I have lost count of how many Godzilla movies exist in the universe, but it is probably safe to say none of the several dozen reaches quite the scale and size of Warner Bros and Legendary’s latest, Godzilla King of the Monsters. That actually was the title of the first movie out of Japan in the mid-1950s, a quaint black-and-white production badly dubbed in its English version but lots of fun to watch, if completely primitive to what is possible these days.
This one is Warners’ latest attempt to craft a summer blockbuster that can revive the big radioactive scaly fella in order to compete with all the superhero flicks on tap. It is the follow-up to 2014’s Godzilla, in which he stomped all over San Francisco, among other places. In this outing Godzilla has brought along a few friends including Mothra, Rodan and the truly frightening three-headed King Ghidora. Now safely in the hands of director Michael Dougherty, who also wrote the by-the-book script with Zach Shields, no time is wasted in getting to the action — lots of it — as we enter Monarch, a scientific organization housing various examples of these “titans,” whose fate is in the hands of humans with varying agendas.
Serizama (Ken Watanabe) mutters the unseen (for the past five years) Godzilla’s name a lot and is the key researcher who believes there is much to be learned from these behemoths. He is fighting a losing battle as some elements, notably the eco-terrorists led by Alan Jonah (Charles Dance), come in to take over and use the monsters for their own evil purposes. Along the way they kidnap another scientist Emma Russell (Vera Farmiga) and her daughter Madison (Millie Bobby Brown) in order to get the Orca, the key invention of Emma’s that uses sounds that either engage or enrage the big guys. In other words, she can control them, if others will let her.
Thrust into the bad side in many ways is Emma’s estranged husband and Madison’s father Mark (Kyle Chandler ), who is after Godzilla, blaming him for stomping on their only son in San Francisco five years earlier. Sally Hawkins, Zhang Ziyi, Thomas Middleditch and O’Shea Jackson Jr. are others at Monarch, who weave in and out of all the various destructive set pieces and battles that feel like they never end. Dougherty has packed this thing with all kinds of fire and fury and darkness — actually too much of it as he rarely lets the audience sit back and take a breather. This is Godzilla for the attention-deficit crowd, which is exactly why it probably will do just fine.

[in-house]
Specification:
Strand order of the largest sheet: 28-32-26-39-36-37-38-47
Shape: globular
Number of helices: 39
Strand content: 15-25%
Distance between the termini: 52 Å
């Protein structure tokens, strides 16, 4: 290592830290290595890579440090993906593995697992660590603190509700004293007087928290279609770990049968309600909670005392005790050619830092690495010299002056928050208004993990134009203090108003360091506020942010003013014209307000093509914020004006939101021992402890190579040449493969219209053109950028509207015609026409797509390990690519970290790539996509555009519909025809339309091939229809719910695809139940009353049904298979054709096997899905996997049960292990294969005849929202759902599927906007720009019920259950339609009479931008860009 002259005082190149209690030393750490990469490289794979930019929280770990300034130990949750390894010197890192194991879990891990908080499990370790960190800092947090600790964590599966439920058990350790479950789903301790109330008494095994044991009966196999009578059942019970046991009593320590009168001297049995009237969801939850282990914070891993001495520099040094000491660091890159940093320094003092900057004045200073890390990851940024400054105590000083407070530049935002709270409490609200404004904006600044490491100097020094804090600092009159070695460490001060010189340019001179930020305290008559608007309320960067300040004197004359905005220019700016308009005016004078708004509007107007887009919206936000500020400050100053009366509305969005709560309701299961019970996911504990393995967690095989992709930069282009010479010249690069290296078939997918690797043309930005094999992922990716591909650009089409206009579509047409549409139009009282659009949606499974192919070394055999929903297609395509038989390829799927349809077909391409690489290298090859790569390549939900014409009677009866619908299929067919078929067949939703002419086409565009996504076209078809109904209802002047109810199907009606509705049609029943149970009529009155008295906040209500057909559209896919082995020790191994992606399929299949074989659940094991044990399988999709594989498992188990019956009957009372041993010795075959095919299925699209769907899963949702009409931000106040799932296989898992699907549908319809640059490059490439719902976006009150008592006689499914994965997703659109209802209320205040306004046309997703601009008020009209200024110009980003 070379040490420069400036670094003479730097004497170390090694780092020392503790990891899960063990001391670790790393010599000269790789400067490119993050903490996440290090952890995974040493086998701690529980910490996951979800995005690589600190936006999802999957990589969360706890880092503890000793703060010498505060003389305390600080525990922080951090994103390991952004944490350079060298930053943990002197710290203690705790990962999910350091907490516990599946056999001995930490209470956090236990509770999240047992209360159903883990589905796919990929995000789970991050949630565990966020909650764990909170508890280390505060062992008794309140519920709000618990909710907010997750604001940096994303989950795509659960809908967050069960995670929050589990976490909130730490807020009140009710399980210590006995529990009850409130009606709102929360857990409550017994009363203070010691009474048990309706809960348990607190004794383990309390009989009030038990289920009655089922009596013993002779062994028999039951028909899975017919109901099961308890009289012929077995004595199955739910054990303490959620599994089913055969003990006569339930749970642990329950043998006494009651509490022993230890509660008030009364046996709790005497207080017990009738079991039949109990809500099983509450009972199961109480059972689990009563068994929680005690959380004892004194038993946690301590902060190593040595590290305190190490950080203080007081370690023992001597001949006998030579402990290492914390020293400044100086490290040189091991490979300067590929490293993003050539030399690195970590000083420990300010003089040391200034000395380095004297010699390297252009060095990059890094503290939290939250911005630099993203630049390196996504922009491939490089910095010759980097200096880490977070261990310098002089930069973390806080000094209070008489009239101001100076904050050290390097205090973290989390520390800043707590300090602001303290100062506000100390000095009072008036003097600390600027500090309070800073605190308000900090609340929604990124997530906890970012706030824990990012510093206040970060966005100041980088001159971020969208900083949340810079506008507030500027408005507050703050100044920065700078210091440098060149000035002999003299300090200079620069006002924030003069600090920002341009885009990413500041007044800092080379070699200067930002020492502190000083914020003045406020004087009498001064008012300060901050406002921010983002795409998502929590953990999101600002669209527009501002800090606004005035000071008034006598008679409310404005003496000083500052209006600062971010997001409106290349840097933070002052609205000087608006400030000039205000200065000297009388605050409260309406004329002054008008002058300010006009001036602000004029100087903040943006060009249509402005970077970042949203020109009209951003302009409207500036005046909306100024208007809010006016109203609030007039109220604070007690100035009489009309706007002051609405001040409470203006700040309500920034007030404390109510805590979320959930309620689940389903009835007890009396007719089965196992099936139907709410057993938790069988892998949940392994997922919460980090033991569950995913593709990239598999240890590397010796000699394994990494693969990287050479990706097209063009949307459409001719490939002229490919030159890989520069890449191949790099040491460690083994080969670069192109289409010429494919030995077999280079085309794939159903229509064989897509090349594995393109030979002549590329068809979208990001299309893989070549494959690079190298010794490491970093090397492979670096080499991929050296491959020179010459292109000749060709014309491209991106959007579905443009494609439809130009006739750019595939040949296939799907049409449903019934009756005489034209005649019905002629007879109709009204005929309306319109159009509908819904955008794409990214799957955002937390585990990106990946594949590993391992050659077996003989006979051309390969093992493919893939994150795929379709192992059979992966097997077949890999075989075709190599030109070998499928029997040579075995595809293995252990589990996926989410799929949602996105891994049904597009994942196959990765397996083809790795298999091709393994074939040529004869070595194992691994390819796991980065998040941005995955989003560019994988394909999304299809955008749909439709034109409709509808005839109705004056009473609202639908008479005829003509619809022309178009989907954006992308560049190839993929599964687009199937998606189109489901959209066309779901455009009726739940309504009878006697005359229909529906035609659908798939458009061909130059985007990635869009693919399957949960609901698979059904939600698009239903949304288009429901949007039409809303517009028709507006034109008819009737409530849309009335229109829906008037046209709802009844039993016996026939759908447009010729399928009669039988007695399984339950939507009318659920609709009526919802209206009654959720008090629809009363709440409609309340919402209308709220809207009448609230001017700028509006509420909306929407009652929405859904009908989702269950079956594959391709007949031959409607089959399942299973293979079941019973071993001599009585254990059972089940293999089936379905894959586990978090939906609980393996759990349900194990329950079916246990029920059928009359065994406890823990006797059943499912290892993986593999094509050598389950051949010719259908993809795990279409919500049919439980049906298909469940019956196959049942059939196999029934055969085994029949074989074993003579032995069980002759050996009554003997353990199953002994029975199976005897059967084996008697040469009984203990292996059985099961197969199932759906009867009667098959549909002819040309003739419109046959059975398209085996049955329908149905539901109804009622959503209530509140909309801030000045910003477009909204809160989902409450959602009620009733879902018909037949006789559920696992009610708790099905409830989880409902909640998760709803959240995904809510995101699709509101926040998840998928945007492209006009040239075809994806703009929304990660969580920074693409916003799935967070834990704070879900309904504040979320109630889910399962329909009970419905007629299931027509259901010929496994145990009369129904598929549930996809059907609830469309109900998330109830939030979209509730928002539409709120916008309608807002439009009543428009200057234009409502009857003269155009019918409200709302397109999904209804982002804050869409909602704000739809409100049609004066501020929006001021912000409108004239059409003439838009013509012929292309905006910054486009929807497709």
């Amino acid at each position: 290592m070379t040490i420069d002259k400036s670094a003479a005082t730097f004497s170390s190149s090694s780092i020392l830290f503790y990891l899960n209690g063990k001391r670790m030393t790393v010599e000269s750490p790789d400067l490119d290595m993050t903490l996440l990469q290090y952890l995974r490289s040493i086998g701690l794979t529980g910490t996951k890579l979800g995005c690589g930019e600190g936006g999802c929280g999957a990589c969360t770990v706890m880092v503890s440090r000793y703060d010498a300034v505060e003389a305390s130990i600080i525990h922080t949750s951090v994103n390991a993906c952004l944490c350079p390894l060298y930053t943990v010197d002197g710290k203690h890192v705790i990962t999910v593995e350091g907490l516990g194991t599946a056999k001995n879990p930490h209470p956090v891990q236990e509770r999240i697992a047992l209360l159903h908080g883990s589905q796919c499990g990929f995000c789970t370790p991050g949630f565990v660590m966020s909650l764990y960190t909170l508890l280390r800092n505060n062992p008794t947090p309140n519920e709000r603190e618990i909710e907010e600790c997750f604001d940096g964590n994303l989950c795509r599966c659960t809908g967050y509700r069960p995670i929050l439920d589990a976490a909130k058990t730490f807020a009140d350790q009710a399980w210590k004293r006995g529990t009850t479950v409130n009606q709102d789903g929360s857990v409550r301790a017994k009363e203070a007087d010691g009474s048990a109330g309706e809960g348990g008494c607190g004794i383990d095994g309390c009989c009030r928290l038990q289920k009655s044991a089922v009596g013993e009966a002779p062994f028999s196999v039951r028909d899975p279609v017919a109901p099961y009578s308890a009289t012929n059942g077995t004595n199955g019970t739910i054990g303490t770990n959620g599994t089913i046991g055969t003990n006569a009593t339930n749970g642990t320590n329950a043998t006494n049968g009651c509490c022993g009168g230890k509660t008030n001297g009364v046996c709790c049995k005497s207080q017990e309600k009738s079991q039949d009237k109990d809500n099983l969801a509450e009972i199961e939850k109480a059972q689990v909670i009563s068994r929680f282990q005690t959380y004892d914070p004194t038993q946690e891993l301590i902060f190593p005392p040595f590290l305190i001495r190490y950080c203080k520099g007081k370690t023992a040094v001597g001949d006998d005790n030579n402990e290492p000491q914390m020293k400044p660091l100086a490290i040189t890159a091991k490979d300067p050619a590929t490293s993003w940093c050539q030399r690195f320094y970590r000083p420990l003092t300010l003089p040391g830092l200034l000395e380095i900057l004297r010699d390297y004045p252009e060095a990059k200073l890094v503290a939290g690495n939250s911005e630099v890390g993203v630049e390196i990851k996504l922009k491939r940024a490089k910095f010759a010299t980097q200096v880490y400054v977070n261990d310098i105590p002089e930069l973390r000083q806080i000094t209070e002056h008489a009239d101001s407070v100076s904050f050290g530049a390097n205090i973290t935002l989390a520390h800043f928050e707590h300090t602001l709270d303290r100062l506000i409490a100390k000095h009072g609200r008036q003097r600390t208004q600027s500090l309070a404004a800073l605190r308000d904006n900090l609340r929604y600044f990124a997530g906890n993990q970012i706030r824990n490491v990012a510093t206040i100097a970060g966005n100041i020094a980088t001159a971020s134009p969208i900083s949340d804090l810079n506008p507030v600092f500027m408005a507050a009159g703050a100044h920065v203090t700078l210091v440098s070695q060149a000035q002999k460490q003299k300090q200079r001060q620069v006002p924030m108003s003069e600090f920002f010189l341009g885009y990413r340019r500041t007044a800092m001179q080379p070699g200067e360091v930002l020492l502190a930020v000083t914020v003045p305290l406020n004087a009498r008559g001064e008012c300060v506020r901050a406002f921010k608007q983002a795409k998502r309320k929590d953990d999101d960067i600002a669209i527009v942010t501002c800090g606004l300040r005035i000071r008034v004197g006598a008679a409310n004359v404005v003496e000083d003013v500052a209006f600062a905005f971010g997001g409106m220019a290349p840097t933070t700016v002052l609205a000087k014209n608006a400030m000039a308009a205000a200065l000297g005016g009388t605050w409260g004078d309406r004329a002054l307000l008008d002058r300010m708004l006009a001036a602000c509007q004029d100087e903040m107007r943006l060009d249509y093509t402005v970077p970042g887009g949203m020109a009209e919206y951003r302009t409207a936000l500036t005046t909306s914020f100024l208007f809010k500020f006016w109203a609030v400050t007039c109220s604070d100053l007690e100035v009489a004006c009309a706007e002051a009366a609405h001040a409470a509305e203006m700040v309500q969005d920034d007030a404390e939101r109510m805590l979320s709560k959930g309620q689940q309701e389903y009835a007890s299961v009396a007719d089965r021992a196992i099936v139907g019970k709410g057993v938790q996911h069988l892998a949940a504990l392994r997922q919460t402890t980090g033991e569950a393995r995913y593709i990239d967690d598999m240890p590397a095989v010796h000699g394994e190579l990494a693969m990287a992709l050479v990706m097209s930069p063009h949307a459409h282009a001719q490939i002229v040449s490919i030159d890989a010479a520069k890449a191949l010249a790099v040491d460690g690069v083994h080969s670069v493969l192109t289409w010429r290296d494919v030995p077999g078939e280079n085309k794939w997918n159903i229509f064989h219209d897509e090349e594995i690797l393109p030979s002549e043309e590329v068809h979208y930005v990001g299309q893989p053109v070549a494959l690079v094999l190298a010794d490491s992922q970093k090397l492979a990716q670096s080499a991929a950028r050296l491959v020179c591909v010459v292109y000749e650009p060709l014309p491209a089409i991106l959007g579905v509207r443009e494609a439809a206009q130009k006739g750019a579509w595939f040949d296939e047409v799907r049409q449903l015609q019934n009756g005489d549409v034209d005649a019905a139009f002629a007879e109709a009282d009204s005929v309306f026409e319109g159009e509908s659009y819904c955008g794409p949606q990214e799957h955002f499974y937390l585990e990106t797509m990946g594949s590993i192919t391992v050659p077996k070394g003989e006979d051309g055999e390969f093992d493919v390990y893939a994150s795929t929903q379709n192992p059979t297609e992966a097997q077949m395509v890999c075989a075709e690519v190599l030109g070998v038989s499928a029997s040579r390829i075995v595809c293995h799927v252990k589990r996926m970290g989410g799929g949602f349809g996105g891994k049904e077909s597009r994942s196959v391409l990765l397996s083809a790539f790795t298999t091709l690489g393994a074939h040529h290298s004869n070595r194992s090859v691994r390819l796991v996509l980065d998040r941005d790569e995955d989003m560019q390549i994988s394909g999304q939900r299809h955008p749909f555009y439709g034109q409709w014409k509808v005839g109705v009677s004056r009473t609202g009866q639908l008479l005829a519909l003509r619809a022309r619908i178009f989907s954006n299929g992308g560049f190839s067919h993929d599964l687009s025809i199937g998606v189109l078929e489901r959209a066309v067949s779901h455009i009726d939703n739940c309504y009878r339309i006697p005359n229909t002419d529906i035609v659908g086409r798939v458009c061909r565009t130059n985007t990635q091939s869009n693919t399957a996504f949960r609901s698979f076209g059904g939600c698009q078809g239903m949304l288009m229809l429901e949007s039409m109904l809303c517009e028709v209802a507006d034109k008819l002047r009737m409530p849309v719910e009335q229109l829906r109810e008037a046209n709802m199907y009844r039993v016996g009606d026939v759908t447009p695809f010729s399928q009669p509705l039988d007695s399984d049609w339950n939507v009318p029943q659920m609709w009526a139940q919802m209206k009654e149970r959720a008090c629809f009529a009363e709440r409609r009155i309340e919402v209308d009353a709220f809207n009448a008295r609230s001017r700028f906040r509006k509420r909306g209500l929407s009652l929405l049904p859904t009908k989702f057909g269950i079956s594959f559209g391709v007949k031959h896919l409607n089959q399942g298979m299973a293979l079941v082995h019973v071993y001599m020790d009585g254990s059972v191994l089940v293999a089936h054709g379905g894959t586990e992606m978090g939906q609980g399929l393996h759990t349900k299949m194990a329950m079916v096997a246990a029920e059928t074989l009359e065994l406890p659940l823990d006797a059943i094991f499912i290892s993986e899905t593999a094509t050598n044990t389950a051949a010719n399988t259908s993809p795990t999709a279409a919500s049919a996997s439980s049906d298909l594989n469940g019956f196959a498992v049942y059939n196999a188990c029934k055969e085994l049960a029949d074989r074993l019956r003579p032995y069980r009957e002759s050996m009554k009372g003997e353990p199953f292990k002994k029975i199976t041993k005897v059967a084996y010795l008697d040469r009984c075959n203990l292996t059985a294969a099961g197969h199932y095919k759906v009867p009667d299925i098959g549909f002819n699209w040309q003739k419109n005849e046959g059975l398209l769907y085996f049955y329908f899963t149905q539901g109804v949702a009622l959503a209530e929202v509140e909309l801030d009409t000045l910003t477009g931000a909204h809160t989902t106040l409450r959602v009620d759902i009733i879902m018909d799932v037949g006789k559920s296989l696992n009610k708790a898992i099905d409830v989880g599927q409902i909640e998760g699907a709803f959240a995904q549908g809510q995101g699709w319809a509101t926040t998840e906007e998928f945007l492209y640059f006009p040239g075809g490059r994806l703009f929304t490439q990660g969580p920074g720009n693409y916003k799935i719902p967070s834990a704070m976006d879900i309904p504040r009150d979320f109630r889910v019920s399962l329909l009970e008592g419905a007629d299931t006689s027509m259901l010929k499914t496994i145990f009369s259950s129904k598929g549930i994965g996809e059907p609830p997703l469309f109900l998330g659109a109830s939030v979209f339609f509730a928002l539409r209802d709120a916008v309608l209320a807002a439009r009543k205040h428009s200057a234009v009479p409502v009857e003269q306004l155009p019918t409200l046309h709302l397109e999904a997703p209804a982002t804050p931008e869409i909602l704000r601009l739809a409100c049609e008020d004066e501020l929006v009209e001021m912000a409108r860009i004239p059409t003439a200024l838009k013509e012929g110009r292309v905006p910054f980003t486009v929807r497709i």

The action is plentiful and extremely loud, but the sound designers and visual effects artists deliver exactly what they are asked — and in the case of the realization of the monsters on tap, they succeed admirably. These CGI creations are impressive and foreboding, particularly the star supporting player this time, King Ghidora, a triplet you don’t want to anger. These monsters do the heavy lifting as Godzilla himself is saved as a closing act, but when he gets to do his 11 o’clock number, he kills. As for the humans, Chandler and Farmiga really throw their all into this and try to remain calm and alive as whole cities including Boston are being crushed in their midst. Watanabe always is a welcome presence, as is Brown, who convinces us she hasn’t seen “stranger things” than what is going on here.
This is the ultimate Imax movie, so check it out on the largest screen possible. Producers are Alex Garcia, Jon Jashni, Mary Parent, Brian Rogers and Thomas Tull. Warners turns it loose in previews tonight before beginning the regular run Friday. Check out my video review above, which includes scenes from the film.
Do you plan to see Godzilla: King of the Monsters? Let us know what you think.
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